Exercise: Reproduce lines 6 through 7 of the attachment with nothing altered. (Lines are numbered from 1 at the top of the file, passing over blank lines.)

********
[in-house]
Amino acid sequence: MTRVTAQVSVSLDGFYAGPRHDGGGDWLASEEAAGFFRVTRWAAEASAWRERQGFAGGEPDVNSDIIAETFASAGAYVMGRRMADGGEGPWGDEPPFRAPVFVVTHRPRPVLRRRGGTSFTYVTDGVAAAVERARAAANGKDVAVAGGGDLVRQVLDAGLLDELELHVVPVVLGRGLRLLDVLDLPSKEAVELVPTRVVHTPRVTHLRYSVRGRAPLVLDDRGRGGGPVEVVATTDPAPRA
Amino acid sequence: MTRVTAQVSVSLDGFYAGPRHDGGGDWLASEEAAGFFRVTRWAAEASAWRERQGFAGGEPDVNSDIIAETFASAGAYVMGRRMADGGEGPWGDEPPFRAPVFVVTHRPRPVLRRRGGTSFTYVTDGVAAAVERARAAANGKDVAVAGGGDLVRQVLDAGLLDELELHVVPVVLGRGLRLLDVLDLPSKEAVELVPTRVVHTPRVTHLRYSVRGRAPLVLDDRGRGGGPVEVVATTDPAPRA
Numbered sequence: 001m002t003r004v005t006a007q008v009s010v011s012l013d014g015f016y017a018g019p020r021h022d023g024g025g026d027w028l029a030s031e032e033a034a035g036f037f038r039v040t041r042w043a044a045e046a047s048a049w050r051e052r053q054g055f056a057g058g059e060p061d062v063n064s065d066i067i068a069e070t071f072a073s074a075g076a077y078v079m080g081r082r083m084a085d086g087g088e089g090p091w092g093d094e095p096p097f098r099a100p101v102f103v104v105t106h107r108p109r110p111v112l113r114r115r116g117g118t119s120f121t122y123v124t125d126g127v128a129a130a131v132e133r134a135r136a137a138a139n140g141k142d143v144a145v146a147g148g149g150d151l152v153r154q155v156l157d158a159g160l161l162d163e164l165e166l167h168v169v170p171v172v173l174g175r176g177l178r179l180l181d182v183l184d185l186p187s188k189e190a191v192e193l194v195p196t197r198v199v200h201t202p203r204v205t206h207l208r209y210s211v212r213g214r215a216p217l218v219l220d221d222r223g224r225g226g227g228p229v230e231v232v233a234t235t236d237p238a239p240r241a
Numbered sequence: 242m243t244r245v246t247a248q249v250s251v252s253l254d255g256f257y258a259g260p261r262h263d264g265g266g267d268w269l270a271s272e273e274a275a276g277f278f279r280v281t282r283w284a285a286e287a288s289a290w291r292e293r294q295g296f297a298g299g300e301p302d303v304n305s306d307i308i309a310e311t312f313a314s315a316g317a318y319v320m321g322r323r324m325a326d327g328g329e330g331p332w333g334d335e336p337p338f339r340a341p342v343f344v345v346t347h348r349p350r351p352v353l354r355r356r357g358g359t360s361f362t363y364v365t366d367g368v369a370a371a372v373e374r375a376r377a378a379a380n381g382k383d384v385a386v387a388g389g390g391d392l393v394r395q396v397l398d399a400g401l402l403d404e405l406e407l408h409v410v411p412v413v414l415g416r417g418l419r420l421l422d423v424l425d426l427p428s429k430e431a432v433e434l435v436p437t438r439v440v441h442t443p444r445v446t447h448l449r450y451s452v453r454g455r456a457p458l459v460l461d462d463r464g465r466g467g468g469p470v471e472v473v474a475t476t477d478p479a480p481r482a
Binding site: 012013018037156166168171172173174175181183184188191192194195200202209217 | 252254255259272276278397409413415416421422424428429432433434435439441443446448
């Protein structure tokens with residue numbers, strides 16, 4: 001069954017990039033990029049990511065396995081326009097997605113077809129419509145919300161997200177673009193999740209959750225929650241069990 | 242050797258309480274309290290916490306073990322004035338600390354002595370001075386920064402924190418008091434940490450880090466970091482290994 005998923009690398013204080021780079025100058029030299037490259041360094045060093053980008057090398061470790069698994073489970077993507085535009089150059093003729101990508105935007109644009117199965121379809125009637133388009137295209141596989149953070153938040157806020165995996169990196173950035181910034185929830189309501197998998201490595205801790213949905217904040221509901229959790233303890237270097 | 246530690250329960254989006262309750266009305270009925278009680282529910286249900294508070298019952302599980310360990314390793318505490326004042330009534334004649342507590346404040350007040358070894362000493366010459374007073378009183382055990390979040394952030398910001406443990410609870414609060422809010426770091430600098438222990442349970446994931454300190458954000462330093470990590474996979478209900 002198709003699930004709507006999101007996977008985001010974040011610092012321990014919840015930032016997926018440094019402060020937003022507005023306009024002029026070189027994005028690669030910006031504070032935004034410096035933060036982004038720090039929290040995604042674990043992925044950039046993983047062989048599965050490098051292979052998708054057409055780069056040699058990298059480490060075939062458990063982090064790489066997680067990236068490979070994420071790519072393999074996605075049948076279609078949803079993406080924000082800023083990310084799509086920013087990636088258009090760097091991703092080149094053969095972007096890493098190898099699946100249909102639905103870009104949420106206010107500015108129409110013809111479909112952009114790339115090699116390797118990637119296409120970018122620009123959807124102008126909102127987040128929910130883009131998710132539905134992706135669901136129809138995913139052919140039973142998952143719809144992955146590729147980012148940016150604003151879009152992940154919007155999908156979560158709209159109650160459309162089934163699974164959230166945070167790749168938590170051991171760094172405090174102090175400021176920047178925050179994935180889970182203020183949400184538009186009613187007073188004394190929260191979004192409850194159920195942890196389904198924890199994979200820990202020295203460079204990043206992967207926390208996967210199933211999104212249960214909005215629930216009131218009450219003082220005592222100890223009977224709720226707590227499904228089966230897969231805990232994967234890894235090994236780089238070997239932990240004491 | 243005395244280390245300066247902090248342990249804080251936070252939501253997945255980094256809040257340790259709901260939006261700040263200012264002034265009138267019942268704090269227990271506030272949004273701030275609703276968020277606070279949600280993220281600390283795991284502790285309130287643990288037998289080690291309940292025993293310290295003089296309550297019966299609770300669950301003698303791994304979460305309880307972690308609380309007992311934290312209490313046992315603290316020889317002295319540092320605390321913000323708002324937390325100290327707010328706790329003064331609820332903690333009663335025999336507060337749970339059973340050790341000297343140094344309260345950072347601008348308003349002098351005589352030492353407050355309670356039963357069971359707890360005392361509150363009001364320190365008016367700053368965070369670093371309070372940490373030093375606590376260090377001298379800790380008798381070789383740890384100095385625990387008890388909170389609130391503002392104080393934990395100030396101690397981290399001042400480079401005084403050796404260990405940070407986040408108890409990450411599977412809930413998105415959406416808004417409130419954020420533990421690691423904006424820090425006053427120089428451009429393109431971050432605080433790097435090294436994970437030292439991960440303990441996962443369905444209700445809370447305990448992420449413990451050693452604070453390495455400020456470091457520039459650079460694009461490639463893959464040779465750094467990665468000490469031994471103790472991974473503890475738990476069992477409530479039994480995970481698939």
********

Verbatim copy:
Binding site: 012013018037156166168171172173174175181183184188191192194195200202209217 | 252254255259272276278397409413415416421422424428429432433434435439441443446448
């Protein structure tokens with residue numbers, strides 16, 4: 001069954017990039033990029049990511065396995081326009097997605113077809129419509145919300161997200177673009193999740209959750225929650241069990 | 242050797258309480274309290290916490306073990322004035338600390354002595370001075386920064402924190418008091434940490450880090466970091482290994 005998923009690398013204080021780079025100058029030299037490259041360094045060093053980008057090398061470790069698994073489970077993507085535009089150059093003729101990508105935007109644009117199965121379809125009637133388009137295209141596989149953070153938040157806020165995996169990196173950035181910034185929830189309501197998998201490595205801790213949905217904040221509901229959790233303890237270097 | 246530690250329960254989006262309750266009305270009925278009680282529910286249900294508070298019952302599980310360990314390793318505490326004042330009534334004649342507590346404040350007040358070894362000493366010459374007073378009183382055990390979040394952030398910001406443990410609870414609060422809010426770091430600098438222990442349970446994931454300190458954000462330093470990590474996979478209900 002198709003699930004709507006999101007996977008985001010974040011610092012321990014919840015930032016997926018440094019402060020937003022507005023306009024002029026070189027994005028690669030910006031504070032935004034410096035933060036982004038720090039929290040995604042674990043992925044950039046993983047062989048599965050490098051292979052998708054057409055780069056040699058990298059480490060075939062458990063982090064790489066997680067990236068490979070994420071790519072393999074996605075049948076279609078949803079993406080924000082800023083990310084799509086920013087990636088258009090760097091991703092080149094053969095972007096890493098190898099699946100249909102639905103870009104949420106206010107500015108129409110013809111479909112952009114790339115090699116390797118990637119296409120970018122620009123959807124102008126909102127987040128929910130883009131998710132539905134992706135669901136129809138995913139052919140039973142998952143719809144992955146590729147980012148940016150604003151879009152992940154919007155999908156979560158709209159109650160459309162089934163699974164959230166945070167790749168938590170051991171760094172405090174102090175400021176920047178925050179994935180889970182203020183949400184538009186009613187007073188004394190929260191979004192409850194159920195942890196389904198924890199994979200820990202020295203460079204990043206992967207926390208996967210199933211999104212249960214909005215629930216009131218009450219003082220005592222100890223009977224709720226707590227499904228089966230897969231805990232994967234890894235090994236780089238070997239932990240004491 | 243005395244280390245300066247902090248342990249804080251936070252939501253997945255980094256809040257340790259709901260939006261700040263200012264002034265009138267019942268704090269227990271506030272949004273701030275609703276968020277606070279949600280993220281600390283795991284502790285309130287643990288037998289080690291309940292025993293310290295003089296309550297019966299609770300669950301003698303791994304979460305309880307972690308609380309007992311934290312209490313046992315603290316020889317002295319540092320605390321913000323708002324937390325100290327707010328706790329003064331609820332903690333009663335025999336507060337749970339059973340050790341000297343140094344309260345950072347601008348308003349002098351005589352030492353407050355309670356039963357069971359707890360005392361509150363009001364320190365008016367700053368965070369670093371309070372940490373030093375606590376260090377001298379800790380008798381070789383740890384100095385625990387008890388909170389609130391503002392104080393934990395100030396101690397981290399001042400480079401005084403050796404260990405940070407986040408108890409990450411599977412809930413998105415959406416808004417409130419954020420533990421690691423904006424820090425006053427120089428451009429393109431971050432605080433790097435090294436994970437030292439991960440303990441996962443369905444209700445809370447305990448992420449413990451050693452604070453390495455400020456470091457520039459650079460694009461490639463893959464040779465750094467990665468000490469031994471103790472991974473503890475738990476069992477409530479039994480995970481698939």